“This must be [Wednesday],’ said Arthur to himself, sinking low over his beer. ‘I never could get the hang of [Wednesday].” Although there were a few stragglers at the banquet the night before, things were far more subdued than in previous years (and of course, Dave Evans was not there, himself a member of the Noble Order of the Brave Stayers). Hans Itmann’s statements regarding the fact that young(er) members are not remaining with the society is increasingly in evidence at the post-banquet congregations. Of course, the more important business of learning was to continue and so I attended the Agriculture, Forestry and Land Use session where I caught Berndt Lindner’s excellent presentation on optimal sawing and ripping of pine. I spent the remainder of the early morning in the Simulation session were I enjoyed a presentation on autonomous agents by Robert Hagspihl and a presentation by Prenitha Pooren on the use of stochastic simulation in the assessment of a new chemical plant.

Theo Stewart deftly delivered a very interesting closing plenary in which he discussed MCDA as an aid to operations research for development. He discussed four interesting case studies and introduced various tools, such as thermometer scales, causal maps, value trees and post-it brainstorming sessions, that were employed in interactions with stakeholders in identifying goals. he ORSS

A elders then took to the floor to reflect on papers presented at the conference. I realised that I had missed an opportunity in not simply transcribing their words and passing it of as my report on the conference. Gerhard Geldenhuys solved the parallel session problem by pointing out that one should use tea-times to engage with speakers whose presentations might have been missed due to a conflict. He also revealed a passing interest in the abundance of acronyms and abbreviations in use at the conference. Inspired by this I quickly reviewed the abstracts and found that 41% of them do not feature any acronyms and, for the sake of it, I compiled a box plot of the occurrences of abbreviations within the abstracts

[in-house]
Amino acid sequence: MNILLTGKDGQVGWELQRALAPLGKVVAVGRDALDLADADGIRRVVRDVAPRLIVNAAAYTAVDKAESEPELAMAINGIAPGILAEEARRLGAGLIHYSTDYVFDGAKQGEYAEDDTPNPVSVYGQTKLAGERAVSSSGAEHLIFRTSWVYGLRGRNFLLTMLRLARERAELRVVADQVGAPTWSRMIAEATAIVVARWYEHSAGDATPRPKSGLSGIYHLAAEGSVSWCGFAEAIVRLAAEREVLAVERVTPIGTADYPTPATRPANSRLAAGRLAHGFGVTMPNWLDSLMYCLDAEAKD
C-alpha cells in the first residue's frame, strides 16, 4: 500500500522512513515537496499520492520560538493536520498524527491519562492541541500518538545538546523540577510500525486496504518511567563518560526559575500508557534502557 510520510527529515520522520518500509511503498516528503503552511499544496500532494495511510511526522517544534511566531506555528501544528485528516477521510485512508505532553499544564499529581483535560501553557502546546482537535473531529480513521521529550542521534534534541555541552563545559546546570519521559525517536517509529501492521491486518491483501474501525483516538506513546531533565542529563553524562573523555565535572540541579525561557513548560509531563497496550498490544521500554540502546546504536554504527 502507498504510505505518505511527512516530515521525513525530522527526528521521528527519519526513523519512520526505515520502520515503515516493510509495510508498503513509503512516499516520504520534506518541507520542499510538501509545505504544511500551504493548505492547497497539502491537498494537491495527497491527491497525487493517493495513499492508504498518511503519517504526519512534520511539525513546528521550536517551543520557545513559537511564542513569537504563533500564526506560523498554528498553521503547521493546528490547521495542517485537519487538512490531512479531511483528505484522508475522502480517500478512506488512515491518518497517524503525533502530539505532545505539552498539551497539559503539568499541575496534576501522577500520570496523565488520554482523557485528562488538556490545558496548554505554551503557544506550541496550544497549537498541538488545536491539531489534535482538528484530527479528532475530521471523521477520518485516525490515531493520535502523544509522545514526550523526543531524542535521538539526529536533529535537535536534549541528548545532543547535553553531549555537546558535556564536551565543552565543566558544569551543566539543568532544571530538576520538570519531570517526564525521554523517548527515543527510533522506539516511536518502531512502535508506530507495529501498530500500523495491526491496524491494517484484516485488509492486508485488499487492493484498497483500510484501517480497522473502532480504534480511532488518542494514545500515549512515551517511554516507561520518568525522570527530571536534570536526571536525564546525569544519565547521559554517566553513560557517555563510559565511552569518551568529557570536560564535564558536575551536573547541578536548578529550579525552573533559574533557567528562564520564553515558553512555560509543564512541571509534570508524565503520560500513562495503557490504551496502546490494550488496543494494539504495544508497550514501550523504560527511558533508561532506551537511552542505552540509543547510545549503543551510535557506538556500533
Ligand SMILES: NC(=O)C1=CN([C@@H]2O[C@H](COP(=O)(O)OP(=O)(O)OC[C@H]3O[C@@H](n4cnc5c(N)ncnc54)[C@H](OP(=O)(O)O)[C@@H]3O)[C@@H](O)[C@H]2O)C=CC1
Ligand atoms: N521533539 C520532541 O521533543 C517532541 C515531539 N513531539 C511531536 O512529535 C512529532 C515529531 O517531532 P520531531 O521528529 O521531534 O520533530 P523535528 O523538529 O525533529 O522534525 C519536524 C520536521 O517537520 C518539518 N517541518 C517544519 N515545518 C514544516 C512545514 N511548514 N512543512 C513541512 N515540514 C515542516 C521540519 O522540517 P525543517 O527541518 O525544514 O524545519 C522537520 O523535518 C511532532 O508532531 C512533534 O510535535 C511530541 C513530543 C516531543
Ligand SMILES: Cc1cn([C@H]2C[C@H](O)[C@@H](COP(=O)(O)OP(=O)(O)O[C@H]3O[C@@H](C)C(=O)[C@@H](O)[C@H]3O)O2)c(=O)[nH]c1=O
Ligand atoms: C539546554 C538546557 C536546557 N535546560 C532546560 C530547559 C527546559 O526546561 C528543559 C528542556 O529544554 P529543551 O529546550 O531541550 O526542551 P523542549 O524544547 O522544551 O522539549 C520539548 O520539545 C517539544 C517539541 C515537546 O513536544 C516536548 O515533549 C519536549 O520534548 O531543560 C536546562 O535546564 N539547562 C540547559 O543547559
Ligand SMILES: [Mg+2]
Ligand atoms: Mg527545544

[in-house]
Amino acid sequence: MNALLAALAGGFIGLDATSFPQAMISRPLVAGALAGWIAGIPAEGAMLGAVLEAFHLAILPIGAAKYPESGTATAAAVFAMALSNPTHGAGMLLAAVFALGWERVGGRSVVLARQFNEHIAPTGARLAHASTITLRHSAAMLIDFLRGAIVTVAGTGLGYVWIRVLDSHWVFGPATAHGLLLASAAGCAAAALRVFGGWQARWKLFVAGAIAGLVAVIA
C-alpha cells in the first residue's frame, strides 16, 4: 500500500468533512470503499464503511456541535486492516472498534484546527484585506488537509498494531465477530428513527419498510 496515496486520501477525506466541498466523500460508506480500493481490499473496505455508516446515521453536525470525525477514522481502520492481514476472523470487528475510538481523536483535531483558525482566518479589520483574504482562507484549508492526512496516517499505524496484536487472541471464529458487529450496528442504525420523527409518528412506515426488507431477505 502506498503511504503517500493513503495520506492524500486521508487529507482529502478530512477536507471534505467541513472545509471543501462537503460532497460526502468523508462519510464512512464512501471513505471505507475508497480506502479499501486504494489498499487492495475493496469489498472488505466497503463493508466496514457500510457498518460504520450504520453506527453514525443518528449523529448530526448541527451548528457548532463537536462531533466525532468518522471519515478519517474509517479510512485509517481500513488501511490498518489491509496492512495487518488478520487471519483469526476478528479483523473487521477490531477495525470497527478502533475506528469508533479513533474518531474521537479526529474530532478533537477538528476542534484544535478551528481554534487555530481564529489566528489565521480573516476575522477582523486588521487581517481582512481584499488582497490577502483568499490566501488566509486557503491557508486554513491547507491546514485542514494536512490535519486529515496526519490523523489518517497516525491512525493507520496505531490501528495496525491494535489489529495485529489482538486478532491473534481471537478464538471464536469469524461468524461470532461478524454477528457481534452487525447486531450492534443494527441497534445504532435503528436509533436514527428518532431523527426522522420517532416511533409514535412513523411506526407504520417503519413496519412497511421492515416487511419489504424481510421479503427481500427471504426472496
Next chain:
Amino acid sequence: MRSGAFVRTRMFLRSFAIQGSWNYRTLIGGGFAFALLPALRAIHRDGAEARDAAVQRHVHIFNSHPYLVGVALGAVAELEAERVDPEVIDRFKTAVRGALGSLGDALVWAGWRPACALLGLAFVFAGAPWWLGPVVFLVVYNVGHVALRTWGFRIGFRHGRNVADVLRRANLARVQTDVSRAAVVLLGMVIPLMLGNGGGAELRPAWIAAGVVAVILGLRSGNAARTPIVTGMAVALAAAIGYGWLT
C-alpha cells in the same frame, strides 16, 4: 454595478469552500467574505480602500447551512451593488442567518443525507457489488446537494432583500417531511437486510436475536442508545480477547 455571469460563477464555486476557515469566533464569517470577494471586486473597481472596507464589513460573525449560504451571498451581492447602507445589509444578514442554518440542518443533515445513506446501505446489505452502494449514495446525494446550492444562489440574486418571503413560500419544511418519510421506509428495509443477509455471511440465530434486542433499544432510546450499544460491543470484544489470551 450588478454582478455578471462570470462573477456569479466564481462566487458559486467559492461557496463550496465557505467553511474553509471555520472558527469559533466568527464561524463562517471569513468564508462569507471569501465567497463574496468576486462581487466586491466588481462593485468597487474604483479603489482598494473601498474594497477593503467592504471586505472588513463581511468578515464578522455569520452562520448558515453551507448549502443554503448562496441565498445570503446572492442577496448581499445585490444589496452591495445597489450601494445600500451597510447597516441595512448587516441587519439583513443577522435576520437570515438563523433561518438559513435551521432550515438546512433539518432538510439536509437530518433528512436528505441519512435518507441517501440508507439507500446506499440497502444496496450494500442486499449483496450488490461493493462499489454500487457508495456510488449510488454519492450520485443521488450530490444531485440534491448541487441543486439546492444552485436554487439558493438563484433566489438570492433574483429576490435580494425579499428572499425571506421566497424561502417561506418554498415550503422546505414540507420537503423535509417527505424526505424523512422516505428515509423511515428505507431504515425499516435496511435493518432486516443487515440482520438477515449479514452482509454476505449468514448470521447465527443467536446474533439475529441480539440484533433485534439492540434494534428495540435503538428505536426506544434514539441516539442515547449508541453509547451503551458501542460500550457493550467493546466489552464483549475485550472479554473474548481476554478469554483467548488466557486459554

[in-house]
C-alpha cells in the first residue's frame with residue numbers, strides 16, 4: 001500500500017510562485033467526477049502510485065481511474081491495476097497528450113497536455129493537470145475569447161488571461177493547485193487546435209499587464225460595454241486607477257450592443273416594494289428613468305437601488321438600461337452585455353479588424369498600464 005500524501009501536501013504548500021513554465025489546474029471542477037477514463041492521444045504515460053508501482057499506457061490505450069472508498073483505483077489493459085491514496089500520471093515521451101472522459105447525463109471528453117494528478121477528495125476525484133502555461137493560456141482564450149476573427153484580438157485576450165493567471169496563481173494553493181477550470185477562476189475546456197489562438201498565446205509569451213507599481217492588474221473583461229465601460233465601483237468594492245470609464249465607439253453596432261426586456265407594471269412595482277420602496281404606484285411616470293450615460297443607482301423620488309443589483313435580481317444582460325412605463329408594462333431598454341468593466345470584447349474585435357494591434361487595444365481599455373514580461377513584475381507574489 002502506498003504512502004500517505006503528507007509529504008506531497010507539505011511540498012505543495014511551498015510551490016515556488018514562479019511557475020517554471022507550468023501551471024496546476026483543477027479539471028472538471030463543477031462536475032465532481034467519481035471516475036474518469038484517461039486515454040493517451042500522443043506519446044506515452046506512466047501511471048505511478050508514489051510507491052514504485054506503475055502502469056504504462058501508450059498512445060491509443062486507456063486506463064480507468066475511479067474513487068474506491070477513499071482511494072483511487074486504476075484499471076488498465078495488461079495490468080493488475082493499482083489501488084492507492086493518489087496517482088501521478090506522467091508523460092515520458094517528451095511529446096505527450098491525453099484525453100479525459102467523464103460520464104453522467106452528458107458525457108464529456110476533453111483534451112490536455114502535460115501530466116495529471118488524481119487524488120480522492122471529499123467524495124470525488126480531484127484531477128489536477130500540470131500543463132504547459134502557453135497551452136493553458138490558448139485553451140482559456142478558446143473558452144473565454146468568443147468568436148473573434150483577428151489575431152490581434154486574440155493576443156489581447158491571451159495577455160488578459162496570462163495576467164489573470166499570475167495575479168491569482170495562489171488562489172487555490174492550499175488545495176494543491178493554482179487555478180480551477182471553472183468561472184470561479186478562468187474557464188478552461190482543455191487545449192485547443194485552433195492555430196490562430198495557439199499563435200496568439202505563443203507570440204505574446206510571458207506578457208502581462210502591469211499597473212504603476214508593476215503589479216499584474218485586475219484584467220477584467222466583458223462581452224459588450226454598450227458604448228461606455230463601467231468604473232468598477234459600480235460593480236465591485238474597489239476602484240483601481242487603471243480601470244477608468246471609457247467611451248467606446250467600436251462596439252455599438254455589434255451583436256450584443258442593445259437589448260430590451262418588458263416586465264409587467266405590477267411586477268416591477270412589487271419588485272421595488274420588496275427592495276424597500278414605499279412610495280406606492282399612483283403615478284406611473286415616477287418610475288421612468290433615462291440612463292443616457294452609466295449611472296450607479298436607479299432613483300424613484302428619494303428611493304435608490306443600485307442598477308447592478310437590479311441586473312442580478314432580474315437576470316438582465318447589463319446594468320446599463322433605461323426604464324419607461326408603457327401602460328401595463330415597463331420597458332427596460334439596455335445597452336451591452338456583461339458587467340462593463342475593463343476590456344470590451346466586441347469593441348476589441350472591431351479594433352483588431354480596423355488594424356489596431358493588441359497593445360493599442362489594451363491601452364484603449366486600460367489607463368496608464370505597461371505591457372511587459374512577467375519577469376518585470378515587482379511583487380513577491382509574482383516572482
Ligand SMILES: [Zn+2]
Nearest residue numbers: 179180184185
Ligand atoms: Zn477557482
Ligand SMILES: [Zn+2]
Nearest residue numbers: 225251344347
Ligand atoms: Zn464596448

The eight most frequently used acronyms where the segments of the bars represent the number of times the acronym appears in an abstract.

As was the case with the Tom Rozwadowski medal in the years 1971-1976, there will be no recipients of the we-didn’t-win-conference-prizes-but-we-said-something memorable awards. Not for lack of quality comments, but due to the terrible fate that had befallen my notebook. he conference ended as it had began for the local organising committee, but they were now the pall-bearers ferrying unclaimed conference bags and a few dribs and drabs out of the hotel while delegates slowly departed. Farewells were said and thanks were given. he local organising committee had succeeded in making the life of this conference a brilliant one. “The Answer to the Great Question... Of Life, the Universe and Everything... Is... Forty-two,’ said Deep thought, with infinite majesty and calm.”